To His Friends: After days of cloudy, dripping skies came a morning so bright that the world seemed all aglow, and pulsing nature jubilant with mankind, when the eye fell upon a paragraph holding a shadow that no sun-rays can ever penetrate, and which suddenly darkened a thousand homes. And if a thousand, what of the one? and the immediate circle of homes about that one?  O, what a blank is left when such a man as he suddenly lays down all, and steps over the boundary! But there are consolations. His life was well rounded up with years, and those years a benison to all within reach of his life-work; which was in itself a beneficence, already acknowledged as such. As to such a man’s future, what can it be, except just what he would most desire? Therefore she, who must miss him more than all, cannot fail to be comforted with those words which never grow old with time, nor meaningless with repetition. “Be not troubled, neither be afraid; in my Father’s house are many mansions; if it were not so I would have told you; I go to prepare a place for you.” Many of us feel the personal interest of a near friend, tho’ conscious of no rights to question or inquire beyond what all the world may know in due season. And this is but another proof of the place he held in the hearts of unknown friends, among whom the’ writer must claim to have been one. With sincerest sympathy, added to a sense of personal grief and loss, I remain most truly, M. M. B.,                      Richmond, Ind., May 18

The following stanza, by Mr. William Lyle.and published in an evening journal in this city, is one of tile many pleasant remembrances received by the family:

The Flower Lover Suggested by the death of Mr. James Vick.

Dead with the odor of flowers about him, Leaving a name even sweeter than those! Take comfort, ye hearts so lonely without him. Life must be well that hath peace at its close.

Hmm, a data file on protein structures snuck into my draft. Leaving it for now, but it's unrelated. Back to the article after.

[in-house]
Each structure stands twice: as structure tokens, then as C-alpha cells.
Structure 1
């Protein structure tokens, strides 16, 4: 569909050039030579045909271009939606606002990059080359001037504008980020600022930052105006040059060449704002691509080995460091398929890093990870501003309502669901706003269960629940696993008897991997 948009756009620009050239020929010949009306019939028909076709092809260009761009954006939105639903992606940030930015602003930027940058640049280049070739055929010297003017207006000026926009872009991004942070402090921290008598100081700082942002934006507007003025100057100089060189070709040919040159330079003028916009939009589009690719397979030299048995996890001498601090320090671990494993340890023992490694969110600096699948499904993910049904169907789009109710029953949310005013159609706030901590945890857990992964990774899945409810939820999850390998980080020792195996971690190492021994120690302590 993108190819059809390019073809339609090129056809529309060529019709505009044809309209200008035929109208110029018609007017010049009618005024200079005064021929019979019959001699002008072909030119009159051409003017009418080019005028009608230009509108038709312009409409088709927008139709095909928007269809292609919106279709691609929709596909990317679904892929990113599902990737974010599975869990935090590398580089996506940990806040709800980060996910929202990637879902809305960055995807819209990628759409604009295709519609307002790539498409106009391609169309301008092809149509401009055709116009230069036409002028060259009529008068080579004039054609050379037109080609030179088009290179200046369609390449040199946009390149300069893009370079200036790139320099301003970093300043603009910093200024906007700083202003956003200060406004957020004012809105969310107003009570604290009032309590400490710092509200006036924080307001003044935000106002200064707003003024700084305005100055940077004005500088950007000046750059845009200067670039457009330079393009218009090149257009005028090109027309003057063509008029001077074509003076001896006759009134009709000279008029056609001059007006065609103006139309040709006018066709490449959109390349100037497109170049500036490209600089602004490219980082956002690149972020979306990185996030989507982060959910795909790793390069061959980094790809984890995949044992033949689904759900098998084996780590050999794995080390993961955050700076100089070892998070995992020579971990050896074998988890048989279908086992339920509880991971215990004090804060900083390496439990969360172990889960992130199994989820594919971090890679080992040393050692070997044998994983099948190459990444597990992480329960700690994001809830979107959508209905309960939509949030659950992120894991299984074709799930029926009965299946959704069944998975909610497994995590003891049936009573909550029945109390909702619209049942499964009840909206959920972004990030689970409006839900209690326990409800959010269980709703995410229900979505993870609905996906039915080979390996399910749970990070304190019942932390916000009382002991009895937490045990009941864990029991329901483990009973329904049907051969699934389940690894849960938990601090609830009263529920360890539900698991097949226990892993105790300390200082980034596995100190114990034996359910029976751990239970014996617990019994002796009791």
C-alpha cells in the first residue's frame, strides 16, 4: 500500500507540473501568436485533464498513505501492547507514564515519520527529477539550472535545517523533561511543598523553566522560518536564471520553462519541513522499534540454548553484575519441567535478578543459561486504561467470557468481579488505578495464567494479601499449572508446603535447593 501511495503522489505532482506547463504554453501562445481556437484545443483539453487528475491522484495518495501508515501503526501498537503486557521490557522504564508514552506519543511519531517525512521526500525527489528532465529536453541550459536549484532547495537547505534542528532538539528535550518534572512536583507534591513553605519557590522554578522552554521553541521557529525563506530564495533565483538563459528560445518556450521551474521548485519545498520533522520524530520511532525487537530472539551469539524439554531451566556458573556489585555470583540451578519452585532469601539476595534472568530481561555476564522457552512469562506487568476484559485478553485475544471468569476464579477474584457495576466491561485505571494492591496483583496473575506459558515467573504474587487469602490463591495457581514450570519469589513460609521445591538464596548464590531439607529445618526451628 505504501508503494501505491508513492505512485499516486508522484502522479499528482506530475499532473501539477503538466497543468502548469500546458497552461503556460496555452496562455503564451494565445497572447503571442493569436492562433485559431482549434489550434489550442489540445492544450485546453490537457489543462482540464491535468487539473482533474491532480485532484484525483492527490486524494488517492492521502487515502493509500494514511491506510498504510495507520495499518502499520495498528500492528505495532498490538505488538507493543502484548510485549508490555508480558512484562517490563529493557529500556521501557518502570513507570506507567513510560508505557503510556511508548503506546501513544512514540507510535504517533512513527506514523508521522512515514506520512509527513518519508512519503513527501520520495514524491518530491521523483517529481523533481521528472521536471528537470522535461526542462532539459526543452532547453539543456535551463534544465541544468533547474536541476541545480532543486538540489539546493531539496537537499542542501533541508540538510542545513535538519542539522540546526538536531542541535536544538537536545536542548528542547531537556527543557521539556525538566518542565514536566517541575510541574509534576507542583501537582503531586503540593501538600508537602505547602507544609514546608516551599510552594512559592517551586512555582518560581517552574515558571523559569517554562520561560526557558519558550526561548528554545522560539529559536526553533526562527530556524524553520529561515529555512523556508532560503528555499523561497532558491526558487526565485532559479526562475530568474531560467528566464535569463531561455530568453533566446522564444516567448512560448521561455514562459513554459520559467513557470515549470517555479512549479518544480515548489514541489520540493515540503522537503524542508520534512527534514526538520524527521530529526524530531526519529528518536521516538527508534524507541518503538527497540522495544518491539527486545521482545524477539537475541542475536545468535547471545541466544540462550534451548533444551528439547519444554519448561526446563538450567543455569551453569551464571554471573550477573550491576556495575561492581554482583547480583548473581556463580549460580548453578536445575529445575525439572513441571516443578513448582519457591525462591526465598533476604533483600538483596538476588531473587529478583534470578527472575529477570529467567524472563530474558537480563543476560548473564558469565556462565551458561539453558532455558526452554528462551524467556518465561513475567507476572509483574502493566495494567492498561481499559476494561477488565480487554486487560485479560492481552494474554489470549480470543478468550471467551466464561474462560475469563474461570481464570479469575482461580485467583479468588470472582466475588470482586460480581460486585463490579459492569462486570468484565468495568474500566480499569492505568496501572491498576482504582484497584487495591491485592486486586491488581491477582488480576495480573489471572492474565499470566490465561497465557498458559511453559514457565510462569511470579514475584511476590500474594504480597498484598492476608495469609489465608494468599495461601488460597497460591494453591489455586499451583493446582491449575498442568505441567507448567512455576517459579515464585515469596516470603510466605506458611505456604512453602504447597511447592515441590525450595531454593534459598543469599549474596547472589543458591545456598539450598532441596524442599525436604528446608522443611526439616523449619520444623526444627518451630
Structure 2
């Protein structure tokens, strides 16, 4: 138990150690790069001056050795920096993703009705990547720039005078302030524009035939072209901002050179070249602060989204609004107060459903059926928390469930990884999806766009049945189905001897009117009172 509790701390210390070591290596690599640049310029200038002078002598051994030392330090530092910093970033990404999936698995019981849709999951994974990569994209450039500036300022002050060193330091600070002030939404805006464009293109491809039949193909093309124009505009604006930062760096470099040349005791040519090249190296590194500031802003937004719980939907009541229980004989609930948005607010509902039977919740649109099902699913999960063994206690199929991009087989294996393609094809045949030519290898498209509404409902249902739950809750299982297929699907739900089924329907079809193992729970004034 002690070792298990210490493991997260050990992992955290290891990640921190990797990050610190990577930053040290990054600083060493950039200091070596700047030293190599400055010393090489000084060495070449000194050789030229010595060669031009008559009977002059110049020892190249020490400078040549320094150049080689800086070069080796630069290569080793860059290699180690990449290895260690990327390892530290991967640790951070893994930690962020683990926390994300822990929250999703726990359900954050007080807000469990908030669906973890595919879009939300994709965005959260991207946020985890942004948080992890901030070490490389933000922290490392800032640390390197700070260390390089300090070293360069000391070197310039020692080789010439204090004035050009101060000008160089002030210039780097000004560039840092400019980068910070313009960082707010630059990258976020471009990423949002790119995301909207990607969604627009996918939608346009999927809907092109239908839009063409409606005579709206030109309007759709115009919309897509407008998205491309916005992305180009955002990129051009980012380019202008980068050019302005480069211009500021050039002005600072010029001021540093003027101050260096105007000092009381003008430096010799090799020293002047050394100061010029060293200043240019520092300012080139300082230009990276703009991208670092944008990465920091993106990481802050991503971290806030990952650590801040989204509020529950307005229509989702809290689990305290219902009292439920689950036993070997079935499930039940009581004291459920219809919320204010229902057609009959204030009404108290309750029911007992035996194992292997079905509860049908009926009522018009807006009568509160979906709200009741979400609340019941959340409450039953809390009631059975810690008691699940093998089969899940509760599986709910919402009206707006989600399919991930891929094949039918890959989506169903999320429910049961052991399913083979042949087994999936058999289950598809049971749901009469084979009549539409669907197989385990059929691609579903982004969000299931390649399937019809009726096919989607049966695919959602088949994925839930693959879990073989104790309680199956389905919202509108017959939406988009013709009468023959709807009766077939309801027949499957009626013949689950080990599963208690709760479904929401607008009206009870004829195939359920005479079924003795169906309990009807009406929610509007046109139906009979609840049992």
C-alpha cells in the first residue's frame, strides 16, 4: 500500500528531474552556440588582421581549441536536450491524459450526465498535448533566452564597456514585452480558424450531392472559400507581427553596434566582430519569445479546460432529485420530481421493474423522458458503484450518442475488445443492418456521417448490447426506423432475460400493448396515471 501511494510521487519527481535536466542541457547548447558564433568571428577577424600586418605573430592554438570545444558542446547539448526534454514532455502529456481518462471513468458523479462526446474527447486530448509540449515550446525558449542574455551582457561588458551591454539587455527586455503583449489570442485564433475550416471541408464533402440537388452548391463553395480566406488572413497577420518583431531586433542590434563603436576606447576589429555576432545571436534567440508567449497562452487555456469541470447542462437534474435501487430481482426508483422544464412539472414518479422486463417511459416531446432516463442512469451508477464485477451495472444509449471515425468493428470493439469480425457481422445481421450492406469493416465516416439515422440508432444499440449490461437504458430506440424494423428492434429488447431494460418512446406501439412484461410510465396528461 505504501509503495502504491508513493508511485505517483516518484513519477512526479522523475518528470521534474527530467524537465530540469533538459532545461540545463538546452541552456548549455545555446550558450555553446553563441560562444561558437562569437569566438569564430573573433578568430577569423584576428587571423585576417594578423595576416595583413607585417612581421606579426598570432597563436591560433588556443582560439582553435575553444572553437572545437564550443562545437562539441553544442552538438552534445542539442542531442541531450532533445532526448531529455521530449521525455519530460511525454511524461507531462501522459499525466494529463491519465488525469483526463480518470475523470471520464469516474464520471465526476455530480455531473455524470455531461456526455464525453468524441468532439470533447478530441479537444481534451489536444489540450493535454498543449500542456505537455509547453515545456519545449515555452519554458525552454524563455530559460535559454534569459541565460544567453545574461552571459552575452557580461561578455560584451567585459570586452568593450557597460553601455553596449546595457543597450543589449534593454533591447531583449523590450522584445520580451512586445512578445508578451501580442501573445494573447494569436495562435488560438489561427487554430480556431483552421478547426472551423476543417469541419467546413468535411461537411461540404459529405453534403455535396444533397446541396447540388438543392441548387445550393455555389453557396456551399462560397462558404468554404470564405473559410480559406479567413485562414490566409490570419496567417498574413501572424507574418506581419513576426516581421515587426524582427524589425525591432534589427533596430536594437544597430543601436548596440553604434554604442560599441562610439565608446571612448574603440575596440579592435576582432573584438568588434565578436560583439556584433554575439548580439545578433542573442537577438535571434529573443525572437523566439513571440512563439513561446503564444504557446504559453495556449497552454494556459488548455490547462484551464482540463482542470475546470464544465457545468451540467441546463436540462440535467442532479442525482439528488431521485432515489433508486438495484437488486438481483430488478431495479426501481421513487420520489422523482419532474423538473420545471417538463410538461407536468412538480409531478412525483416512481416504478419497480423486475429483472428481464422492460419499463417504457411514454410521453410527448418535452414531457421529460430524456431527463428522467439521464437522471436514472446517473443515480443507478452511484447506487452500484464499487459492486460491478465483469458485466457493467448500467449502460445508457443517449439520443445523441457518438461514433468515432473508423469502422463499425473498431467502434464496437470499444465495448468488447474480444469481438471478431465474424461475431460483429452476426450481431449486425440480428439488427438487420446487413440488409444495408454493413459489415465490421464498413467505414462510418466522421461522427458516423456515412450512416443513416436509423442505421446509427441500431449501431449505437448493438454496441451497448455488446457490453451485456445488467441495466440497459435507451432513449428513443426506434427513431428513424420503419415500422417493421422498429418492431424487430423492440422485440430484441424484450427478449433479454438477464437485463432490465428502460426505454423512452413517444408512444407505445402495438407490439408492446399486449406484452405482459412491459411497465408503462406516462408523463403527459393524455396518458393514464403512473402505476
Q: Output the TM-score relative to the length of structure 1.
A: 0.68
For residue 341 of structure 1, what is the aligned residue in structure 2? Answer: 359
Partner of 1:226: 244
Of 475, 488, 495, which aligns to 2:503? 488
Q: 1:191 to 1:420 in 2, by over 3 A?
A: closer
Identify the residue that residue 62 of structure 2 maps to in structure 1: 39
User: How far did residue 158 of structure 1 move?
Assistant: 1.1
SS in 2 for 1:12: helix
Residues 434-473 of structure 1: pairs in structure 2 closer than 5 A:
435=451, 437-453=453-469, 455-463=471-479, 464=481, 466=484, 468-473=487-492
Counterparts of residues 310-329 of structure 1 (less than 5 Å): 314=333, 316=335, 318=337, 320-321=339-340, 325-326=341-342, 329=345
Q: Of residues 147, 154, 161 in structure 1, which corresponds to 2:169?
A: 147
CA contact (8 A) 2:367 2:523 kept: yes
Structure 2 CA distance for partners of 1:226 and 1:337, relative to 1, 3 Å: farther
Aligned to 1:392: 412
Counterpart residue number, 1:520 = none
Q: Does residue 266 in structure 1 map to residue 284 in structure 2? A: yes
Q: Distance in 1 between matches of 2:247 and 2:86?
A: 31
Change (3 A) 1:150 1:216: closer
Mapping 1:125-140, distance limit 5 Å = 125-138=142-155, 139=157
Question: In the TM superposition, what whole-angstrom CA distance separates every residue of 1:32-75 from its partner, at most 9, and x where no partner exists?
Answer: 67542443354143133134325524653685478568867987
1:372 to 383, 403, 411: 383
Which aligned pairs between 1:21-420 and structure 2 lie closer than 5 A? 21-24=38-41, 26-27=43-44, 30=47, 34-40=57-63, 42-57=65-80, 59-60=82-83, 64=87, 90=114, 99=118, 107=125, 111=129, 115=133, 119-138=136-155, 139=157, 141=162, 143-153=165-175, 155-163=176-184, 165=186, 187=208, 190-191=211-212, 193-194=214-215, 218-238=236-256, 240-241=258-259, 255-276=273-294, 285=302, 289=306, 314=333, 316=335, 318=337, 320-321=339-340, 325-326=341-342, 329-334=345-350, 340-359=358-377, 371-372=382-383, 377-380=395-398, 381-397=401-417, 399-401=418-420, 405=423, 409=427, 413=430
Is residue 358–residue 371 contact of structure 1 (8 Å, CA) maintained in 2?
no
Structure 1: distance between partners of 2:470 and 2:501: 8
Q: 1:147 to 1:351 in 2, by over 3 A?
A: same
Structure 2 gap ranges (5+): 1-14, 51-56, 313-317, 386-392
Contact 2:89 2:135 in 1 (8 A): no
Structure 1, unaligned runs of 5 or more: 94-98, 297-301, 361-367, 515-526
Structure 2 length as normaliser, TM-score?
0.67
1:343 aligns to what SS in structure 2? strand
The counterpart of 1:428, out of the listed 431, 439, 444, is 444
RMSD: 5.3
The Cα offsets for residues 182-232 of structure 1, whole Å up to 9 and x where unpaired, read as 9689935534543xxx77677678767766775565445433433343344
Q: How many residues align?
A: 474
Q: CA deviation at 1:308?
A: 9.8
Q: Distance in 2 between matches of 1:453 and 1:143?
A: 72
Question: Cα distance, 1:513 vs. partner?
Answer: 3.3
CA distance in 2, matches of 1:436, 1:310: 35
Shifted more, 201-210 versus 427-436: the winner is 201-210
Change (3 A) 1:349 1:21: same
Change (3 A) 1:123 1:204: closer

Early Spring Flowers - from Vick's  Magazine 1882

Early Spring Flowers – from Vick’s Magazine 1882

As soon as Mr. Vick’s death was made known, a meeting of the seedsmen of this city was held, and resolutions passed appropriate to the sad event; among others it was decided that they close their respective places of business on the day of his burial and attend the funeral in a body.  Our space will not admit the publication of the resolutions in full, nor of others by other societies and associations. The funeral service was held on Friday afternoon, the 19th ult., at the First Methodist Church. The chancel and the organ were heavily draped in black, and the floral offerings were numerous and beautiful. The eulogy pronounced by Rev. Dr. Stratton met hearty response and approval by all present.  At its close, an opportunity being offered to see the familiar face the last time, the people in the aisles of the church, which were closely filled, passed through in procession, and these were followed by an immense throng of those who could not previously gain admission; after an hour’s passage of the procession it was obliged to be stopped.  This was the unspoken eulogy of the people. At the beautiful cemetery of Mount Hope, when the sun was low in the west, the burial service read, the casket was lowered into a flower-lined grave.

Vick's Magazine Header

Vick’s Magazine Header